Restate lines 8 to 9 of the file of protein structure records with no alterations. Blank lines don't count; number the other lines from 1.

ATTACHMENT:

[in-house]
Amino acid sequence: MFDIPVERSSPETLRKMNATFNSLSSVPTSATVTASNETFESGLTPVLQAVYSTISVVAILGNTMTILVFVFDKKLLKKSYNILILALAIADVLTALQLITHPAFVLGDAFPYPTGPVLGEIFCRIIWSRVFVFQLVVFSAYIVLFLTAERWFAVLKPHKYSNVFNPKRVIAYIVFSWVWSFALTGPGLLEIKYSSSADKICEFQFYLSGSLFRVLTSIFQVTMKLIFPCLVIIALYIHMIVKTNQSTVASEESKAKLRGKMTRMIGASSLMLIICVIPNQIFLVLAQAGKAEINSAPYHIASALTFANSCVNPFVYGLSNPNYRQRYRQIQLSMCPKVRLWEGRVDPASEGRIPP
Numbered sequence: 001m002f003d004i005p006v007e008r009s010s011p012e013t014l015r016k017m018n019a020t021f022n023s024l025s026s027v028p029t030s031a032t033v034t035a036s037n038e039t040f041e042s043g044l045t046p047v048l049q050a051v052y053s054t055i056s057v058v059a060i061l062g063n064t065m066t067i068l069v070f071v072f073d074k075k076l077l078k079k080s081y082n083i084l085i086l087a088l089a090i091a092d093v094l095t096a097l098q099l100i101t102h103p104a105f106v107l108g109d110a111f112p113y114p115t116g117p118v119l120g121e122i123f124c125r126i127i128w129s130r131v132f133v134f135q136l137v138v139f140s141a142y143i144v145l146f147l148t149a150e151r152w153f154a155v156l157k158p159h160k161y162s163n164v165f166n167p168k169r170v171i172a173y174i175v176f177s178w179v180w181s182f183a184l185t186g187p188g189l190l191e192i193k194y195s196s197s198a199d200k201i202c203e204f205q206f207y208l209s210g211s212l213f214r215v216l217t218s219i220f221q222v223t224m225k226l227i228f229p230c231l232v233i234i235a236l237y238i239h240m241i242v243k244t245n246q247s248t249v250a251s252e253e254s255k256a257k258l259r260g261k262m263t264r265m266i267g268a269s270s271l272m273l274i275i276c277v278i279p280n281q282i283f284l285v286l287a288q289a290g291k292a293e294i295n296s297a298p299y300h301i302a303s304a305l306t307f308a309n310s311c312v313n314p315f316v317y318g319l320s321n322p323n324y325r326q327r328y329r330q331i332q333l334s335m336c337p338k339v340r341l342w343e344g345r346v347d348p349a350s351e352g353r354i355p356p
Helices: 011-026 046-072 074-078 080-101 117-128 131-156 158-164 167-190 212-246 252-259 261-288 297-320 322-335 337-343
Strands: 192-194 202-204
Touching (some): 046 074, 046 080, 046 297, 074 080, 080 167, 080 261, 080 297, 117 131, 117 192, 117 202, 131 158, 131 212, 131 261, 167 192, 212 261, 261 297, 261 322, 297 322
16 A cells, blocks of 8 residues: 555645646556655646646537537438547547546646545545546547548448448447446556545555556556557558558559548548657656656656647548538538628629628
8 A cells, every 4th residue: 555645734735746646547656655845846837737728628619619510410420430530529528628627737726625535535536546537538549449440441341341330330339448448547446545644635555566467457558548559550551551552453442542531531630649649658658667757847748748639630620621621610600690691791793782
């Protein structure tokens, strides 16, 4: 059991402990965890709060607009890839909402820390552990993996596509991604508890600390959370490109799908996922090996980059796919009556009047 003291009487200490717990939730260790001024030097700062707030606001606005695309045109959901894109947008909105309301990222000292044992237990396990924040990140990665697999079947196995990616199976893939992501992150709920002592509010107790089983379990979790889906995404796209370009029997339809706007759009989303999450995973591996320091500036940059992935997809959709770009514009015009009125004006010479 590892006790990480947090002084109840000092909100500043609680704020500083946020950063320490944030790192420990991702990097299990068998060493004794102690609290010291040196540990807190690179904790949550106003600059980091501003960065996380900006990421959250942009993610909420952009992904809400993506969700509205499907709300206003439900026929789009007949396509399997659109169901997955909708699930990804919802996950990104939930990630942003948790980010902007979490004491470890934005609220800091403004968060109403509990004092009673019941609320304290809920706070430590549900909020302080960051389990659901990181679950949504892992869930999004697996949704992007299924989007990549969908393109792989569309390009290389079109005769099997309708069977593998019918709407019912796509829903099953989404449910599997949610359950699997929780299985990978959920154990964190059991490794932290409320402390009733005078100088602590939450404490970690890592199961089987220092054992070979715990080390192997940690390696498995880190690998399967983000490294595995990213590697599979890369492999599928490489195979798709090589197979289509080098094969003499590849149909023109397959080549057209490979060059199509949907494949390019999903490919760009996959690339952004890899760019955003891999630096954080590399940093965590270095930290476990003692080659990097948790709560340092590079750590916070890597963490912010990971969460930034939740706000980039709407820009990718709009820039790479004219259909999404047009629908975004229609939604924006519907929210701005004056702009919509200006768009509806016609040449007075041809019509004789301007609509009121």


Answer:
8 A cells, every 4th residue: 555645734735746646547656655845846837737728628619619510410420430530529528628627737726625535535536546537538549449440441341341330330339448448547446545644635555566467457558548559550551551552453442542531531630649649658658667757847748748639630620621621610600690691791793782
């Protein structure tokens, strides 16, 4: 059991402990965890709060607009890839909402820390552990993996596509991604508890600390959370490109799908996922090996980059796919009556009047 003291009487200490717990939730260790001024030097700062707030606001606005695309045109959901894109947008909105309301990222000292044992237990396990924040990140990665697999079947196995990616199976893939992501992150709920002592509010107790089983379990979790889906995404796209370009029997339809706007759009989303999450995973591996320091500036940059992935997809959709770009514009015009009125004006010479 590892006790990480947090002084109840000092909100500043609680704020500083946020950063320490944030790192420990991702990097299990068998060493004794102690609290010291040196540990807190690179904790949550106003600059980091501003960065996380900006990421959250942009993610909420952009992904809400993506969700509205499907709300206003439900026929789009007949396509399997659109169901997955909708699930990804919802996950990104939930990630942003948790980010902007979490004491470890934005609220800091403004968060109403509990004092009673019941609320304290809920706070430590549900909020302080960051389990659901990181679950949504892992869930999004697996949704992007299924989007990549969908393109792989569309390009290389079109005769099997309708069977593998019918709407019912796509829903099953989404449910599997949610359950699997929780299985990978959920154990964190059991490794932290409320402390009733005078100088602590939450404490970690890592199961089987220092054992070979715990080390192997940690390696498995880190690998399967983000490294595995990213590697599979890369492999599928490489195979798709090589197979289509080098094969003499590849149909023109397959080549057209490979060059199509949907494949390019999903490919760009996959690339952004890899760019955003891999630096954080590399940093965590270095930290476990003692080659990097948790709560340092590079750590916070890597963490912010990971969460930034939740706000980039709407820009990718709009820039790479004219259909999404047009629908975004229609939604924006519907929210701005004056702009919509200006768009509806016609040449007075041809019509004789301007609509009121």